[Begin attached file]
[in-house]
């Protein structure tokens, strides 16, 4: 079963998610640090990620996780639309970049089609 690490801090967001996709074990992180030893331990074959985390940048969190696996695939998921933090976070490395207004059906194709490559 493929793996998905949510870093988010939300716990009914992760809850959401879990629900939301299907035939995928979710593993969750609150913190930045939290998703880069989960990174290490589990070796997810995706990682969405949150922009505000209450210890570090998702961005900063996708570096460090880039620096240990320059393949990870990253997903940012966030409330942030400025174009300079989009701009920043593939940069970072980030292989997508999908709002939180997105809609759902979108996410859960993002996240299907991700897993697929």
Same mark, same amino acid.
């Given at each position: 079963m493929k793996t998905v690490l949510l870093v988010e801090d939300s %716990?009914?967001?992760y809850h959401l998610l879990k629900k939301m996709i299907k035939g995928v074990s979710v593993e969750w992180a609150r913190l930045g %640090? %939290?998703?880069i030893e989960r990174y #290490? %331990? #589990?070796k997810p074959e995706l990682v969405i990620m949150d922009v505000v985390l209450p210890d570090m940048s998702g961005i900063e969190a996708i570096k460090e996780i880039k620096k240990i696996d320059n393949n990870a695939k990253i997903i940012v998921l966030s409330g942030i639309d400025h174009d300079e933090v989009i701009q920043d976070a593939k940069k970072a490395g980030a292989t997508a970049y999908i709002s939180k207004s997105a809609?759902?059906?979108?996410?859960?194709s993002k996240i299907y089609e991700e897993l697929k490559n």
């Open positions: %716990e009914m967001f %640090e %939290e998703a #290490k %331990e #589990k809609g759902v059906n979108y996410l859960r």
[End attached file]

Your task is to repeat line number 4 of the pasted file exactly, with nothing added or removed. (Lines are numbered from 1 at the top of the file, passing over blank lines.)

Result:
């Given at each position: 079963m493929k793996t998905v690490l949510l870093v988010e801090d939300s %716990?009914?967001?992760y809850h959401l998610l879990k629900k939301m996709i299907k035939g995928v074990s979710v593993e969750w992180a609150r913190l930045g %640090? %939290?998703?880069i030893e989960r990174y #290490? %331990? #589990?070796k997810p074959e995706l990682v969405i990620m949150d922009v505000v985390l209450p210890d570090m940048s998702g961005i900063e969190a996708i570096k460090e996780i880039k620096k240990i696996d320059n393949n990870a695939k990253i997903i940012v998921l966030s409330g942030i639309d400025h174009d300079e933090v989009i701009q920043d976070a593939k940069k970072a490395g980030a292989t997508a970049y999908i709002s939180k207004s997105a809609?759902?059906?979108?996410?859960?194709s993002k996240i299907y089609e991700e897993l697929k490559n």